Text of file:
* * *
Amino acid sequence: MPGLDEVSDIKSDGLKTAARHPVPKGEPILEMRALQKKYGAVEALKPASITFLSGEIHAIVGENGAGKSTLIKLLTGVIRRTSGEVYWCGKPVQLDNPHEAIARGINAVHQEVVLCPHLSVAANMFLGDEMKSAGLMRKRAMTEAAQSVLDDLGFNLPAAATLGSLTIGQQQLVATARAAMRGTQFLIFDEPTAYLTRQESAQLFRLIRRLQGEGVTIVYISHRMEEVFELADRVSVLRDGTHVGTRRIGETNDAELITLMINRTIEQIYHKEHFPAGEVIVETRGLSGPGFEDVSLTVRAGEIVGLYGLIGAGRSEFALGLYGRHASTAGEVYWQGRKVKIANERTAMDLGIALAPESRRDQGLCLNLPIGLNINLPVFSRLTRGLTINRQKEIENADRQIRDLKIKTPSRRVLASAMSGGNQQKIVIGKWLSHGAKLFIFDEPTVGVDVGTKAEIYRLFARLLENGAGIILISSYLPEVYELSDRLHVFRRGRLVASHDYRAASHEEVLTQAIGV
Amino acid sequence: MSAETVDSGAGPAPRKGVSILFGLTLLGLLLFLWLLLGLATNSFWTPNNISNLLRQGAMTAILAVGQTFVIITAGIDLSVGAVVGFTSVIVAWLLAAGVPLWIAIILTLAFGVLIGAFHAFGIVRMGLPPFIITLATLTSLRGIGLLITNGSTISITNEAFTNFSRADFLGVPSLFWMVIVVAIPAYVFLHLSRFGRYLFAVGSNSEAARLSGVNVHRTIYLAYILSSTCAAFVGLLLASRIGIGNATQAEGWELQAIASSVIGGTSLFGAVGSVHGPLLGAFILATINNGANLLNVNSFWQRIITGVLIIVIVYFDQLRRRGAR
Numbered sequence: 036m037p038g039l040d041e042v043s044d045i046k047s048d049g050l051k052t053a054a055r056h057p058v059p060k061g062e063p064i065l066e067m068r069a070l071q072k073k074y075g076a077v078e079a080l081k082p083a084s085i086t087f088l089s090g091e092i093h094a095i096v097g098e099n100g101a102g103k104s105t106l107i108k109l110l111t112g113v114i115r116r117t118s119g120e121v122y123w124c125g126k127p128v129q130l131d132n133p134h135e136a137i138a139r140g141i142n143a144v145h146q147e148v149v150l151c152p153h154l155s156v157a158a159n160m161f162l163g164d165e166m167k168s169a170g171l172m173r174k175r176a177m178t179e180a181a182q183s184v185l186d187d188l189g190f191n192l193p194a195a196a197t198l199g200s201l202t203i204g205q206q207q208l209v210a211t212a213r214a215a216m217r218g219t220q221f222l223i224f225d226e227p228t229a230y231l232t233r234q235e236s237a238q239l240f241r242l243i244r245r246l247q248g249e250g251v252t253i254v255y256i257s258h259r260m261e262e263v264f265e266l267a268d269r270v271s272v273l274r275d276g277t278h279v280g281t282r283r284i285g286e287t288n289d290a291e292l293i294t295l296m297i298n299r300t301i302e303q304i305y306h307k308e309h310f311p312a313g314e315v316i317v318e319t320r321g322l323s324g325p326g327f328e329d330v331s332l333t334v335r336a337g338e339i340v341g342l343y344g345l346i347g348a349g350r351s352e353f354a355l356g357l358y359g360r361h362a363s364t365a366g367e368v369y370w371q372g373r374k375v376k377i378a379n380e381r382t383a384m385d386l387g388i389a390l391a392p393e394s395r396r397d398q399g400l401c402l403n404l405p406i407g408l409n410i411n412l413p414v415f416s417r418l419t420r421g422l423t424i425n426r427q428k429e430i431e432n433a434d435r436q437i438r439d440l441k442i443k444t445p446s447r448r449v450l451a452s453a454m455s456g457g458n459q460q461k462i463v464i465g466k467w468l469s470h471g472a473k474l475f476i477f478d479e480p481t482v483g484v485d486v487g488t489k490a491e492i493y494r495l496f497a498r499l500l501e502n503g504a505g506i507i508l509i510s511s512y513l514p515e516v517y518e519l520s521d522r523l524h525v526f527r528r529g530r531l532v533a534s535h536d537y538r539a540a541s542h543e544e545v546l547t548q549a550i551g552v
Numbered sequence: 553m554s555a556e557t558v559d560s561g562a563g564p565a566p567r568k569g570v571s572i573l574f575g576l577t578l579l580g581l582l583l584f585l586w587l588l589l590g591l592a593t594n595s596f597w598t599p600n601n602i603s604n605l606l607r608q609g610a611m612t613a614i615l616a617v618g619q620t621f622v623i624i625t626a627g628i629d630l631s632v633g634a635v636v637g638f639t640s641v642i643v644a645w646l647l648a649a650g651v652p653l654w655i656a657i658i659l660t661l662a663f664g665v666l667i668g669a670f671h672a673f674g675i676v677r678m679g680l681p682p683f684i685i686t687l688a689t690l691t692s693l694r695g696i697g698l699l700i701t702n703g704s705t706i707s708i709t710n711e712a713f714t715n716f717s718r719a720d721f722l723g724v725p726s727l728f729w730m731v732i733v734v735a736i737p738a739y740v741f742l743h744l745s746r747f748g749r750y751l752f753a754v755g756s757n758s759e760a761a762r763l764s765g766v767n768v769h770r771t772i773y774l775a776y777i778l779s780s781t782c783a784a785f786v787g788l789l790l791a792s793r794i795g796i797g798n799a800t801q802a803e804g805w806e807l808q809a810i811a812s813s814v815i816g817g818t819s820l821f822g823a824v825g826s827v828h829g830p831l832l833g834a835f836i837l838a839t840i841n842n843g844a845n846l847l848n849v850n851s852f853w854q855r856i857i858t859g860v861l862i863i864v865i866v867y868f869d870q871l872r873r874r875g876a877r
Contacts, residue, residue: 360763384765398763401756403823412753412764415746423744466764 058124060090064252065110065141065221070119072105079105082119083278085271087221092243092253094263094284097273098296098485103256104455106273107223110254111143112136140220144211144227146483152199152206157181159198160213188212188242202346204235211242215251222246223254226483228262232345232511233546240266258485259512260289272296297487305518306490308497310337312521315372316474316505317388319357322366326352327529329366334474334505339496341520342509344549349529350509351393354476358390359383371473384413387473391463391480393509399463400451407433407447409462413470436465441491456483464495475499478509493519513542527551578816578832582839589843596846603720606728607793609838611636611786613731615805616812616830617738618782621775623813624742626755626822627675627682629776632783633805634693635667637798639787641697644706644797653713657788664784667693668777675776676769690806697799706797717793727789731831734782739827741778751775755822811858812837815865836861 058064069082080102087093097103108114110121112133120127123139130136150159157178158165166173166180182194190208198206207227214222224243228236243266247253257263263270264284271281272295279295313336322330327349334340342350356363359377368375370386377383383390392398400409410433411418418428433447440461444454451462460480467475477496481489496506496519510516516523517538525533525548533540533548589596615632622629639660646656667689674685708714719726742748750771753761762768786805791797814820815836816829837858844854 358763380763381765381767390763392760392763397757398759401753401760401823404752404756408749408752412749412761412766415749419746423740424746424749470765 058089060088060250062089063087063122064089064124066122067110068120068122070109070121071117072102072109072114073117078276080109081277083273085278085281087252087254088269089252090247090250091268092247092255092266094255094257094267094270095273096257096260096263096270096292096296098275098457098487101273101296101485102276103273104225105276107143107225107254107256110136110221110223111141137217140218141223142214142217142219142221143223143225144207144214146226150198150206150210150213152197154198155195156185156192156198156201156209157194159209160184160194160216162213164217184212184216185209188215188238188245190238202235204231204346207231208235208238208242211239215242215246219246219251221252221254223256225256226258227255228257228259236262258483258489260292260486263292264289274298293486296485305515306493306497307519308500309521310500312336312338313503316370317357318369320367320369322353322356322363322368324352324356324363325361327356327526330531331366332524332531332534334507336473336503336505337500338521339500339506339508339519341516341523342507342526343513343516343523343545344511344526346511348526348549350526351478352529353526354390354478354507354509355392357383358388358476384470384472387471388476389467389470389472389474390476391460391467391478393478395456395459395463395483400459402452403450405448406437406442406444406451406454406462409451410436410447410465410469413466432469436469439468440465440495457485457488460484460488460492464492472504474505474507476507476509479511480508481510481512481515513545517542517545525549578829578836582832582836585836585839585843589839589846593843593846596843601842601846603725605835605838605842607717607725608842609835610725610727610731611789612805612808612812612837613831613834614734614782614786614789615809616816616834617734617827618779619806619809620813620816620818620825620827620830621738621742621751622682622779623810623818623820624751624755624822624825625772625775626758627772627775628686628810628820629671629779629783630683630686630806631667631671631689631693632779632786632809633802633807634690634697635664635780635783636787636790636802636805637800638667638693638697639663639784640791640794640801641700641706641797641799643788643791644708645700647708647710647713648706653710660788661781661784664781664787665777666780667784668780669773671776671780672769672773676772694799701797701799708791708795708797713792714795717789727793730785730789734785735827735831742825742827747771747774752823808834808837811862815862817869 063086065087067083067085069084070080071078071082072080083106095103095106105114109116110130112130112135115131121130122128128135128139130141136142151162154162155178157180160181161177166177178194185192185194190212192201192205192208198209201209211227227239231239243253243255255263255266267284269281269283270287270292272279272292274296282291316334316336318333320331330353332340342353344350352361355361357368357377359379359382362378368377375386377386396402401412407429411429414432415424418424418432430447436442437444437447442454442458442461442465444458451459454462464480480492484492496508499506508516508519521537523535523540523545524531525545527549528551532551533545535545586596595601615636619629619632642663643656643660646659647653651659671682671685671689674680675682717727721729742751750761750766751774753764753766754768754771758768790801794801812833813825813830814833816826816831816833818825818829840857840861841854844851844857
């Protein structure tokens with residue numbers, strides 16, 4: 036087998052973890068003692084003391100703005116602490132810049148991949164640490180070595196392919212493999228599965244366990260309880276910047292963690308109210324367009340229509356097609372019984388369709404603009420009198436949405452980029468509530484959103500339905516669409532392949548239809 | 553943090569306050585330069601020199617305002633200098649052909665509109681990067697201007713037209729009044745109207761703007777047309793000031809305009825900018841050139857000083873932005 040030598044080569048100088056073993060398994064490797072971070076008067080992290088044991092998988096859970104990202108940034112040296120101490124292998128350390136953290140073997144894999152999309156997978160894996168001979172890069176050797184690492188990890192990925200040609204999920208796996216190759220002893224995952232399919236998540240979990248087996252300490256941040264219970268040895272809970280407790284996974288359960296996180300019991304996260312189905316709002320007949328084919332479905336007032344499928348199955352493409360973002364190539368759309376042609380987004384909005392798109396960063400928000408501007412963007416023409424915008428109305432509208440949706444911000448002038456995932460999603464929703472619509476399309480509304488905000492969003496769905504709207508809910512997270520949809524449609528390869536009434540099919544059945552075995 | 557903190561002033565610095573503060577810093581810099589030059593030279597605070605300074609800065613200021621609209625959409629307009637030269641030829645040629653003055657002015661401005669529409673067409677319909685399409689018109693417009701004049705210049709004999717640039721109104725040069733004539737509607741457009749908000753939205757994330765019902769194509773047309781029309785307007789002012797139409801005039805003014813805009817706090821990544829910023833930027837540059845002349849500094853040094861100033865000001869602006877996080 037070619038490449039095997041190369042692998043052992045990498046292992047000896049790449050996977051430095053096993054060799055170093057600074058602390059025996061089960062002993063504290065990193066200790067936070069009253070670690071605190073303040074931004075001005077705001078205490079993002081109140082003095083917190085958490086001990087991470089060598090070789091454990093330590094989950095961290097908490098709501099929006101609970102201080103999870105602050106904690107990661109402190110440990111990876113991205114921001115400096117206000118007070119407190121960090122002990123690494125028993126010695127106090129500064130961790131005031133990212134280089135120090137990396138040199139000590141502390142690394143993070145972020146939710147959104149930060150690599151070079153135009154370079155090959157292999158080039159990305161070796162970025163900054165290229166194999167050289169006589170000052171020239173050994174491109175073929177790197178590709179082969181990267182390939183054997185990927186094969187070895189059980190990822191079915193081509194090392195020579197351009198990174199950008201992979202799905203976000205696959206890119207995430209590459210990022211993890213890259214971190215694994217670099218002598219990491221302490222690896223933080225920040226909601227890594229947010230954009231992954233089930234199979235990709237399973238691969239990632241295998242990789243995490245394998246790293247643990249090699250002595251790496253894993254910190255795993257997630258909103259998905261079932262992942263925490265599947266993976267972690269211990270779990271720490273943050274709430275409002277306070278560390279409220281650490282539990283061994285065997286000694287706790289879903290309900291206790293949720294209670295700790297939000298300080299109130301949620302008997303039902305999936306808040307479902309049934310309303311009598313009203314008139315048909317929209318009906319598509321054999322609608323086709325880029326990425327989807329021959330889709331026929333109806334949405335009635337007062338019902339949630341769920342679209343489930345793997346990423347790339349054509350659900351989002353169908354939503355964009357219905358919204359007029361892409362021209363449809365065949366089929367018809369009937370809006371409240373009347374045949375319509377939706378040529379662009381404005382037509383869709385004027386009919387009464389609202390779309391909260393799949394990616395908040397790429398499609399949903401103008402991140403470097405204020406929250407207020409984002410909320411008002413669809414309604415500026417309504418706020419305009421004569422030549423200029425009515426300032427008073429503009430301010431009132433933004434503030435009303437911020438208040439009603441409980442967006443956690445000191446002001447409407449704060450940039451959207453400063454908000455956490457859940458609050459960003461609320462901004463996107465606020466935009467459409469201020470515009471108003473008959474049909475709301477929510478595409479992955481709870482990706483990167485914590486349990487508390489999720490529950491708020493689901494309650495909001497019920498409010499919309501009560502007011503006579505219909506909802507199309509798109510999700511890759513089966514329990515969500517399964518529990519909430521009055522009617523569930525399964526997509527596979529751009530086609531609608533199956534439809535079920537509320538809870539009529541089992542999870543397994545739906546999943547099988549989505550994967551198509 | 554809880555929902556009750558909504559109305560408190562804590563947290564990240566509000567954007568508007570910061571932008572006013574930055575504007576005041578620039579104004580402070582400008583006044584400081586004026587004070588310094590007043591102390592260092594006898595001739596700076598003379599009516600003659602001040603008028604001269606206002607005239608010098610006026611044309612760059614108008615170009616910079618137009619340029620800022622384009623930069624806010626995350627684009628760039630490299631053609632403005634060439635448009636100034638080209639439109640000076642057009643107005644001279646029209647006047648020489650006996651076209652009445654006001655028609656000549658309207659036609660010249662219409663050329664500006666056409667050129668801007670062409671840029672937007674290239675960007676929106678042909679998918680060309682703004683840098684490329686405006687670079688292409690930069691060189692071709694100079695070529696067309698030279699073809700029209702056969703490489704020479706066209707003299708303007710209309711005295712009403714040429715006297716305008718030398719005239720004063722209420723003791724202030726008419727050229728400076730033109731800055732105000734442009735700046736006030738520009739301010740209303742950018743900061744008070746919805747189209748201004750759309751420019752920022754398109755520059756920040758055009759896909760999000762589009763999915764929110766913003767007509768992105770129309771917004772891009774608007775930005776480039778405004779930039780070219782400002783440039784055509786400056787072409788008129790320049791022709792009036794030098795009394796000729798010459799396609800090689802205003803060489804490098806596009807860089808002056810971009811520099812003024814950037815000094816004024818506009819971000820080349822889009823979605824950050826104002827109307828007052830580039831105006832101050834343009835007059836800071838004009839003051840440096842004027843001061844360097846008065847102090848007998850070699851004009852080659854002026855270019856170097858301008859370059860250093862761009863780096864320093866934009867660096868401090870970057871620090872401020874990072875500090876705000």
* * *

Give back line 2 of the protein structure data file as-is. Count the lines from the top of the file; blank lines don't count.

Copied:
Amino acid sequence: MSAETVDSGAGPAPRKGVSILFGLTLLGLLLFLWLLLGLATNSFWTPNNISNLLRQGAMTAILAVGQTFVIITAGIDLSVGAVVGFTSVIVAWLLAAGVPLWIAIILTLAFGVLIGAFHAFGIVRMGLPPFIITLATLTSLRGIGLLITNGSTISITNEAFTNFSRADFLGVPSLFWMVIVVAIPAYVFLHLSRFGRYLFAVGSNSEAARLSGVNVHRTIYLAYILSSTCAAFVGLLLASRIGIGNATQAEGWELQAIASSVIGGTSLFGAVGSVHGPLLGAFILATINNGANLLNVNSFWQRIITGVLIIVIVYFDQLRRRGAR